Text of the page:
Setting the easing types

The slide method's fourth argument is the easingType. It's a string that determines how quickly or slowly the tween speeds up and slows down. There are 15 of these types to choose from, and they're the same for all of Charm's different tween methods. The easing types fall in to 5 general categories, so you can pick one by first choosing the general category, and then the more specific type. Each category has a basic type, and then a squared and cubed version. The squared and cubed versions just exaggerate the basic effect to further degrees. The default easing type for most of Charm's tweens is "smoothstep".

  • Linear: "linear". No easing on the sprite at all; the sprite just starts and stops abruptly.
  • Smoothstep: "smoothstep", "smoothstepSquared", "smoothstepCubed". Speeds the sprite up and slows it down in a very natural looking way.
  • Acceleration: "acceleration", "accelerationCubed". Gradually speeds the sprite up and stops it abruptly. For a slightly more rounded acceleration effect, use "sine", "sineSquared", "sineCubed",
  • Deceleration: "deceleration", "decelerationCubed". Starts the sprite abruptly and gradually slows it down. For a slightly more rounded deceleration effect, use "inverseSine", "inverseSineSquared", "inverseSineCubed"
  • Bounce: "bounce 10 -10". This will make the sprite overshoot the start and end points and bounce slightly when it hits them. Try changing the multipliers, 10 and -10, to vary the effect.

Use any of these easing types in Charm's tween methods in the examples that follow.

Following curves

The slide method animates a sprite along a straight line, but you can use another method called followCurve to make a sprite move along a Bezier curve.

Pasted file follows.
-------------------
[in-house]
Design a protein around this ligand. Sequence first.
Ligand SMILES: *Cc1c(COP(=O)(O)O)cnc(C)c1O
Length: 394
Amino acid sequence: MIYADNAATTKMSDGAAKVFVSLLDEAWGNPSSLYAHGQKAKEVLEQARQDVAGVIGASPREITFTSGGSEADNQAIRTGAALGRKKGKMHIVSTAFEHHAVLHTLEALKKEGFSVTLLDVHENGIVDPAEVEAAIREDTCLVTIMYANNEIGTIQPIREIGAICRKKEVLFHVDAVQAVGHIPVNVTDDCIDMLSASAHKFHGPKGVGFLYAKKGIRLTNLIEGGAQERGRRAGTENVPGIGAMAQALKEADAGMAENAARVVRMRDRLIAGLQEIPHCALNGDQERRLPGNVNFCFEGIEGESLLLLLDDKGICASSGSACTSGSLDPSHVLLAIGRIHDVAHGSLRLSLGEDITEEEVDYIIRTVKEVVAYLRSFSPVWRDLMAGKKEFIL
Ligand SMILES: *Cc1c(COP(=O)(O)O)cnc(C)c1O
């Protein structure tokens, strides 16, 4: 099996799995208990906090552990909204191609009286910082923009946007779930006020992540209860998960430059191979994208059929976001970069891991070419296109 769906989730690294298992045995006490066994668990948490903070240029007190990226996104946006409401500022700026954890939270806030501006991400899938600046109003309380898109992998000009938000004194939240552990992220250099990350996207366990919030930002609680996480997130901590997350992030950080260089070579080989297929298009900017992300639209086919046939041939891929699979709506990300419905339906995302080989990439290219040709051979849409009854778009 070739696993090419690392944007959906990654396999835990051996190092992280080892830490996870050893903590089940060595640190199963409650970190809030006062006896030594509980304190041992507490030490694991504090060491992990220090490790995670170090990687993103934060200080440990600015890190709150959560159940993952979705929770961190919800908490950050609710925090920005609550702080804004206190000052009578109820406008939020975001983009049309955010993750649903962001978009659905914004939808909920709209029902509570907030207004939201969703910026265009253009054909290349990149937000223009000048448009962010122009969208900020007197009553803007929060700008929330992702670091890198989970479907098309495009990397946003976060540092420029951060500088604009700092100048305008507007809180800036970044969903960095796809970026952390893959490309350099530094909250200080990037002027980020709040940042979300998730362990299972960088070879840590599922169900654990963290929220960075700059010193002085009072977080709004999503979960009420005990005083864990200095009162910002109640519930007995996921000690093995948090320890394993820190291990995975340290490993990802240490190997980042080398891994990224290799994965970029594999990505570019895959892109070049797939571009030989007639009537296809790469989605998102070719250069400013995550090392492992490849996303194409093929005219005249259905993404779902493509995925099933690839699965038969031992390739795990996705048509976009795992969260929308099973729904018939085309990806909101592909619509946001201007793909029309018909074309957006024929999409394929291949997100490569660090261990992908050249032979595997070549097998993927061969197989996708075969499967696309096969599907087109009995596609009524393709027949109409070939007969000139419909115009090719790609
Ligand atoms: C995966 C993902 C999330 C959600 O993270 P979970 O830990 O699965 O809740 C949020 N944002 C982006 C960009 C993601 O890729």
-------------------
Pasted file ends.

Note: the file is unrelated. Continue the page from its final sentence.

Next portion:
Follow a curve

First, define the Bezier curve as a 2D array of 4 x/y points, like this:

let curve = [
  [anySprite.x, anySprite.y],   //Start position
  [108, 32],                    //Control point 1
  [176, 32],                    //Control point 2
  [196, 160]                    //End position

The second and third set of points are the Bezier curve's control points.

Next, use Charm's followCurve method to make a sprite follow that curve. (Supply the curve array as the second argument.)

  anySprite,            //The sprite
  curve,                //The Bezier curve array
  120,                  //Duration, in milliseconds
  "smoothstep",         //Easing type
  true,                 //Should the tween yoyo?
  1000                  //Delay, in milliseconds, before it yoyos

Only the first two arguments are required.

You'll have the best result if you center the sprite over the curve. You can do that by centering the sprite's anchor point, like this:

anySprite.anchor.set(0.5, 0.5);

The slide and followCurve methods are good for simple back and forth animation effects, but you can also connect them together to make sprites traverse complex paths.

Following paths

You can use Charm's walkPath method to connect a series of points together and make a sprite move to each of those points. Each point in the series is called a waypoint. First, start with a 2D array of x/y position waypoints that map out the path you want the sprite to follow.

let waypoints = [
  [32, 32],          //First x/y point
  [32, 128],         //Next x/y point
  [300, 128],        //Next x/y point
  [300, 32],         //Next x/y point
  [32, 32]           //Last x/y point

You can use as many waypoints as you need.

Next, use the walkPath method to make the sprite move to all those points, in sequence. (Only the first two arguments are required.)

  anySprite,       //The sprite
  waypoints,       //The array of waypoints
  300,             //Total duration, in frames
  "smoothstep",    //Easing type
  true,            //Should the path loop?
  true,            //Should the path reverse?
  1000             //Delay in milliseconds between segments